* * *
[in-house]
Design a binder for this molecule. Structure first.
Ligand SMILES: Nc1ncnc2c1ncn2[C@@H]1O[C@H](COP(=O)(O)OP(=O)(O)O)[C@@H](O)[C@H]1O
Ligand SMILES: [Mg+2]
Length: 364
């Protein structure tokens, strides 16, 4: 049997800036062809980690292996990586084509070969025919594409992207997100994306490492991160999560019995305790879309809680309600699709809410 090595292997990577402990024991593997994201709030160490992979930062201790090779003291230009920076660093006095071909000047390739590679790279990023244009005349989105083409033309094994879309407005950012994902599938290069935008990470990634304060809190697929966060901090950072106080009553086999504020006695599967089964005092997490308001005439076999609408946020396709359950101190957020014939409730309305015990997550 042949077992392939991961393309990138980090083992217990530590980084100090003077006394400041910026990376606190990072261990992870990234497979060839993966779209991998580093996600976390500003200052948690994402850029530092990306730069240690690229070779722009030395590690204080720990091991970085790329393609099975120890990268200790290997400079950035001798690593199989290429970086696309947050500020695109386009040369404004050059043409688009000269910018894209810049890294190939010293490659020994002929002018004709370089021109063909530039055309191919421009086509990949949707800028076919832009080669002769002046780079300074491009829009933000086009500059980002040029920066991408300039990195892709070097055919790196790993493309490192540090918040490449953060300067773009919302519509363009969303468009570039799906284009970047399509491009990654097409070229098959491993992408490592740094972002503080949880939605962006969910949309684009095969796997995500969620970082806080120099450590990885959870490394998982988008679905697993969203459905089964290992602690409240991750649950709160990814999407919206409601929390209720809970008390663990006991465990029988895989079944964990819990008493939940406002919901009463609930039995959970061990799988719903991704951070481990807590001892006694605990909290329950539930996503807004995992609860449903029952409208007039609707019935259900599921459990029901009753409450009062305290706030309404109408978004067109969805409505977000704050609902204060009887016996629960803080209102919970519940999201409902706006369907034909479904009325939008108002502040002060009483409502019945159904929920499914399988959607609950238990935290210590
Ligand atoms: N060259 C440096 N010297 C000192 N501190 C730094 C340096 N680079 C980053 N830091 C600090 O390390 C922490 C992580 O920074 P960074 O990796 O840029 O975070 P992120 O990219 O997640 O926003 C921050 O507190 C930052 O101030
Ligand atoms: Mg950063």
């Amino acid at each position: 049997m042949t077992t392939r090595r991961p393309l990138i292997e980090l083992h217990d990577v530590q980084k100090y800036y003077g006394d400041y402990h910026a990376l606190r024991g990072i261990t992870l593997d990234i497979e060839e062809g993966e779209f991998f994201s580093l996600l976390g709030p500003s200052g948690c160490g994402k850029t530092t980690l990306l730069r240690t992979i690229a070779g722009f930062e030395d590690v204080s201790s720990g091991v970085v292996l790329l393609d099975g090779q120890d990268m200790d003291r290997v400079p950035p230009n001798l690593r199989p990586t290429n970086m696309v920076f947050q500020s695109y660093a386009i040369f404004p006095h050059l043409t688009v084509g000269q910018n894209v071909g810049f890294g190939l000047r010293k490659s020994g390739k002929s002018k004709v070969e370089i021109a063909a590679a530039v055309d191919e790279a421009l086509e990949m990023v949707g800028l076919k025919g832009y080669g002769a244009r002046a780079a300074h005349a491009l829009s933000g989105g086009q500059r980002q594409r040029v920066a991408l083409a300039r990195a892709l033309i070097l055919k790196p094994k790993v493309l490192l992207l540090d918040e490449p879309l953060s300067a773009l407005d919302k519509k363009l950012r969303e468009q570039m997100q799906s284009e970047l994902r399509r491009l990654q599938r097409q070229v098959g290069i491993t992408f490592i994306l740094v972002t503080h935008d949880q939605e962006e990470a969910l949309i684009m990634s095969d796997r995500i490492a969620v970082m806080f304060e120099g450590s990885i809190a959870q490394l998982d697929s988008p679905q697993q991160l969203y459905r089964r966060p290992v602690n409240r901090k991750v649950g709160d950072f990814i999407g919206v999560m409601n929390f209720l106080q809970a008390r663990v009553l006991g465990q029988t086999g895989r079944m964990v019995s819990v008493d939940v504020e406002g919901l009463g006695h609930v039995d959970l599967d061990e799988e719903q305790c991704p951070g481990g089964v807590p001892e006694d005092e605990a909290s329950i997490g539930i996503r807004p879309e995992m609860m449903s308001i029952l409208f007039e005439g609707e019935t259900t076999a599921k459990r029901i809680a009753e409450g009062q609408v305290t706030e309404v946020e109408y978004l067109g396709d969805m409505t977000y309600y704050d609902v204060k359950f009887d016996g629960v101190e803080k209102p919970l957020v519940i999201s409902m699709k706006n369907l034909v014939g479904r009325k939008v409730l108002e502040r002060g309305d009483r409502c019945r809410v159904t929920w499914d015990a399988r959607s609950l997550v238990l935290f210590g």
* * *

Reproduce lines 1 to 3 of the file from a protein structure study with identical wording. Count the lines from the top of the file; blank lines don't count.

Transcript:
[in-house]
Design a binder for this molecule. Structure first.
Ligand SMILES: Nc1ncnc2c1ncn2[C@@H]1O[C@H](COP(=O)(O)OP(=O)(O)O)[C@@H](O)[C@H]1O